we consider a cell membrane that is composed of phospholipids and proteins. Cd C1 receptor compartment (low drug conc) donor compartment (high drug conc) C2 Cr h Scheme 2.C2 = concentration gradient where C1 is the concentration of drug at donor side of membrane and C2 is the concentration of drug in the membrane at receptor side. 243-4643. Transport through porous membranes occurs by diffusion and convection (not covered here). . For our purposes. The Integrated Studies uses C1 and C2 where Cd and Cr should be used. C1 and C2 are not measured since these are values within the membrane. Typically. Skin is another great example of a membrane for the entry of drugs.Cr. However. the gradient is measured as Cd .thompson@umontana. The transport of drug molecules through a non-porous membrane occurs by Page 36 Diffusion . Thompson (SB 383. C. Absorption of drugs across the stomach lining/mucosa and the blood/brain barrier are two representative examples and important for understanding drug transport into the circulation and CNS. Diffusion model for Fick’s Law. Similar to dissolution. respectively. representing the partition at each phase. but it doesn’t really matter for the calculation so long as you know what the gradient is. Notes: The rate of drug transport into diffusional system is predominantly dependent upon the magnitude of the concentration gradient – the other parameters are constant. the diffusion equation is… dM dt = DAK(C1-C2) h M = amount of drug (material) dissolved (usually mg or mmol) t = time (seconds) D = diffusion coefficient of the drug (cm2/s) A = surface area of membrane (cm2) K = oil/water partition coefficient h = thickness of the liquid film C1 . charles.Through a Membrane: A membrane is defined as a physical barrier that separates two or more regions.Pharmaceutics (Part I) – Spring 2005 Prof. namely Ko/w = C1/Cd and Ko/w = C2/Cr.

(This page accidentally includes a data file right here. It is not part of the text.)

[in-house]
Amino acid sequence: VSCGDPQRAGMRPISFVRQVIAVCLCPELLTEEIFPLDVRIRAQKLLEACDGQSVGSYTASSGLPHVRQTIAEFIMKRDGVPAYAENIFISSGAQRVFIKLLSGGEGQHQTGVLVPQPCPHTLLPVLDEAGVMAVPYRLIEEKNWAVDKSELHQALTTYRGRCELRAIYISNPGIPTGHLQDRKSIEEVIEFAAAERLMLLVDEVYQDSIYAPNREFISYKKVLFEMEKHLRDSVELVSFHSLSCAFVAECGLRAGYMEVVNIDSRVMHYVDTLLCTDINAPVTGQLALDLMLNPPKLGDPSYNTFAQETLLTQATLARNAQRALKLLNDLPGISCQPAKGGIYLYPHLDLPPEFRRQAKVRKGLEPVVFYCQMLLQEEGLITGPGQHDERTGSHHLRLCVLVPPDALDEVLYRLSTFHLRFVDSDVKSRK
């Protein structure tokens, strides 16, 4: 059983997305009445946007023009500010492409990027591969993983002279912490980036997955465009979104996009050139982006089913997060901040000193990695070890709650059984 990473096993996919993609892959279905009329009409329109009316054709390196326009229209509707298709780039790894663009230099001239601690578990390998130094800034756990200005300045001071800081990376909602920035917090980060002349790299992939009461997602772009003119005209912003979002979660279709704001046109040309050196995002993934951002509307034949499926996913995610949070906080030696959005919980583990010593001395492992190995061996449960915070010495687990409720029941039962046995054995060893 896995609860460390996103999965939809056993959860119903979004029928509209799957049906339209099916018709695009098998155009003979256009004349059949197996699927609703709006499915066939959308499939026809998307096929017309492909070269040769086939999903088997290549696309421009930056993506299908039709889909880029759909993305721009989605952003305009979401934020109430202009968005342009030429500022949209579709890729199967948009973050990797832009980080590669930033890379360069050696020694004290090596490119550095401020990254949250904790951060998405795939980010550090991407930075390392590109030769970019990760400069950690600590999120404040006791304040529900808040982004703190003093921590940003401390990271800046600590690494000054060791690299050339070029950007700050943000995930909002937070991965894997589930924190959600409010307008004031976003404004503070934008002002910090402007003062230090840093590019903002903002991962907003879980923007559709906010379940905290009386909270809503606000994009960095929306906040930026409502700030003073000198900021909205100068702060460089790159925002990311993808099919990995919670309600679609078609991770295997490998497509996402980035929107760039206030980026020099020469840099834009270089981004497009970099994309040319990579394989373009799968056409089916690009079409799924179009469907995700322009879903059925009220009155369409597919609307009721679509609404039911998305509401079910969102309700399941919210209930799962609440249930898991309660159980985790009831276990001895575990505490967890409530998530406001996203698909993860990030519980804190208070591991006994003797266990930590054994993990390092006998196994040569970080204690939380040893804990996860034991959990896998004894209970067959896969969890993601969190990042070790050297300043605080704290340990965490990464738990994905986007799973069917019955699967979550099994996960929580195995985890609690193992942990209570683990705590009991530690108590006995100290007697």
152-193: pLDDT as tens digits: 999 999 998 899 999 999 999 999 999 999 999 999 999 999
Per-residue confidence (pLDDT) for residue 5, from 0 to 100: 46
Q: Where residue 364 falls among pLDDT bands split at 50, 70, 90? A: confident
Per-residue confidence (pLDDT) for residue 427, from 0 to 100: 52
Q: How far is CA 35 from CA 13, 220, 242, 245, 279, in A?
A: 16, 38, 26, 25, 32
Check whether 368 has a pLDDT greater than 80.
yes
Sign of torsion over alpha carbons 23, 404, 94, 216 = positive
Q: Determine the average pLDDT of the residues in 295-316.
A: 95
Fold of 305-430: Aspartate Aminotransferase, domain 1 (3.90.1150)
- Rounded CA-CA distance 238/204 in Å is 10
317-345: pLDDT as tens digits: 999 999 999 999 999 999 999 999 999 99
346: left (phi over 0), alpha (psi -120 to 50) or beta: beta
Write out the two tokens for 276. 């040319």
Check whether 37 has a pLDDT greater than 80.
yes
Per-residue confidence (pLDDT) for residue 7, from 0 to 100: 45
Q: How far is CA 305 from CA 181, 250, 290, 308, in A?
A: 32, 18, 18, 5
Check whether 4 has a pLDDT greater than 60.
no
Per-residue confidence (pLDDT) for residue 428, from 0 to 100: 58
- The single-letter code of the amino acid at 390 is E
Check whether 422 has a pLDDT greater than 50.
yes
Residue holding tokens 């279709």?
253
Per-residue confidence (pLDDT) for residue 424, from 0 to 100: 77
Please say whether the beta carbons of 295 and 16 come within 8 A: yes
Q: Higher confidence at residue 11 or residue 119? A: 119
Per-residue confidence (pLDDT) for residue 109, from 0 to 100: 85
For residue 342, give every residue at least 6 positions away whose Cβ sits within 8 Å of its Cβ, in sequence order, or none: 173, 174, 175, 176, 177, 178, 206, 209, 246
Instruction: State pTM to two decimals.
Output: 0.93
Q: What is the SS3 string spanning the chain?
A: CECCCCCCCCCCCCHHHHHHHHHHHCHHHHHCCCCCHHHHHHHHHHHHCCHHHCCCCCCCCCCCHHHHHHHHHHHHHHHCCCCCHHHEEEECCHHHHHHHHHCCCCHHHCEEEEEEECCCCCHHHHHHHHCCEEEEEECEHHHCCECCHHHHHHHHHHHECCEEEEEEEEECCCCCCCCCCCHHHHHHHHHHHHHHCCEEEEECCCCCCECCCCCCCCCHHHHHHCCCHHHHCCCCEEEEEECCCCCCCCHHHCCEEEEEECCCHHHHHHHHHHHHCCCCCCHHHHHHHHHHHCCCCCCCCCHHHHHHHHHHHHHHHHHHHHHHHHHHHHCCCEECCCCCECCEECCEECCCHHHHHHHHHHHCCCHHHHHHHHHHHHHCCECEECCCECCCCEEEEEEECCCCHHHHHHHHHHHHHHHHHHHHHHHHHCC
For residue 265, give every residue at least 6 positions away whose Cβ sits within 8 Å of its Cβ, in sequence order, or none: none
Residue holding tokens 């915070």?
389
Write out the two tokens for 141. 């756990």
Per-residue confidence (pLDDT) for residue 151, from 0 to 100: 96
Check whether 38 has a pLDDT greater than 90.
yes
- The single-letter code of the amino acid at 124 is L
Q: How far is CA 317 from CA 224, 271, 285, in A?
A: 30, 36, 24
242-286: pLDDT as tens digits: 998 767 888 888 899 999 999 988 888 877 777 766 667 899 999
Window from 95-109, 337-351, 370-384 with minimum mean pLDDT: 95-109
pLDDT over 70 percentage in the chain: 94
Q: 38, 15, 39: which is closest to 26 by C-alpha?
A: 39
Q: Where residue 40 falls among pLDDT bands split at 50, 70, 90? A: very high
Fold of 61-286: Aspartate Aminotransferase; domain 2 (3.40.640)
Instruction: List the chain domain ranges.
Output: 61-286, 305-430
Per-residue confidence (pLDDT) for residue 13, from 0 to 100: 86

edu Page 37 Pharmaceutics 331 Exam 1 (February 2004) Read each question carefully and for choice questions. For a thiol-containing drug (weak acid donor).4 16. when the pH of the solution is adjusted to equal the pKa.2 18 10 .8 17.” List three possible advantages to using tartaric acid rather than a mineral acid (e.g. If strong electron withdrawing substituents (e. nitro) were added to the phenyl ring of phenol. Thompson (SB 383. H2SO4. there will be (4): (a) precipitation of the drug (b) a greater amount of the ionized form of the drug (c) an equal amount of ionized and ionized (d) a greater amount of the unionized form of the drug 5. R-OH H-OH (water) MeOH (methanol) Et-OH (ethanol) iPr-OH (isopropanol) t-Bu-OH (tert-butanol) Ph-OH 2. etc. Choose one of the underlined words (4). C. As the strength of a weak acid increases the (4): (a) Ka increases (b) [A-] increases (c) [HA] increases (d) answers (a) and (b) (e) answers (b) and (c) 4. etc. Point value in parentheses. and their pKa values are dramatically lower than alcohols (table above). Et.Pharmaceutics (Part I) – Spring 2005 Prof. HCl. the pKa value of the substituted phenol would: INCREASE (LESS ACIDIC) / DECREASE (MORE ACIDIC). 1. 3.g. Good luck.. the increasing trend in pKa values (table at right) for the alcohols (5).) form amine salts. Double check your calculations and write out all formulae used to answer a question. circle only one answer.8 16.. charles. 243-4643. Explain in one or two statements. Phenols are aromatic analogs of alcohols. Alcohols are organic ‘analogs’ of water meaning they share the identical functional group (OH) but vary in one component. Relevant equations are provided on page 4. the “switch” of an H for a Me.thompson@umontana. The structure of tartaric acid is (6): OH HO2C OH tartaric acid CO2H pKa 15. Tartaric acid is frequently used to react with an amine to form a “tartrate salt.